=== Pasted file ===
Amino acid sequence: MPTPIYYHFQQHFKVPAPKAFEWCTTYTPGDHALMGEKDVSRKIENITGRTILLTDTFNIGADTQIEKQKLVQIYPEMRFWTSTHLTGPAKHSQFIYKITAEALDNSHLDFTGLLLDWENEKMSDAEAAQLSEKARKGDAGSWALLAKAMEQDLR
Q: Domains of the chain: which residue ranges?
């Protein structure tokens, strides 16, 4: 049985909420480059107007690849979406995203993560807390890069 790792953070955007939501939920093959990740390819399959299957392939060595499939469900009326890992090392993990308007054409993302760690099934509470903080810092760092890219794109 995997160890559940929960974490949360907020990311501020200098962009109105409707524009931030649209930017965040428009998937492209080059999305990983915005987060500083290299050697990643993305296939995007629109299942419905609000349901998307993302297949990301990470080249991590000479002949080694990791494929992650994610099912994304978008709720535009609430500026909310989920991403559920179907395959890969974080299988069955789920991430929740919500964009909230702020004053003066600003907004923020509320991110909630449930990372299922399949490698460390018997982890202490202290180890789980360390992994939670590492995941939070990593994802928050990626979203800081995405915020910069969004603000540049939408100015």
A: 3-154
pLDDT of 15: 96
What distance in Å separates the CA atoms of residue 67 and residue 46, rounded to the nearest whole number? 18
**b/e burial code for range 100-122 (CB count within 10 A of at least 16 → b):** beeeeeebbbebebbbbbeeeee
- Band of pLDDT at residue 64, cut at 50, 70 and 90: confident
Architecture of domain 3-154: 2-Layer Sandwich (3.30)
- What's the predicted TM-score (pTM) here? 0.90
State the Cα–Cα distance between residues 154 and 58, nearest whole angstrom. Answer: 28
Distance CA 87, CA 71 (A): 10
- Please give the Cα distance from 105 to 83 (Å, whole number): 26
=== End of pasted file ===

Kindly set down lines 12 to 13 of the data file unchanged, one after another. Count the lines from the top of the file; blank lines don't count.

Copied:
Distance CA 87, CA 71 (A): 10
- Please give the Cα distance from 105 to 83 (Å, whole number): 26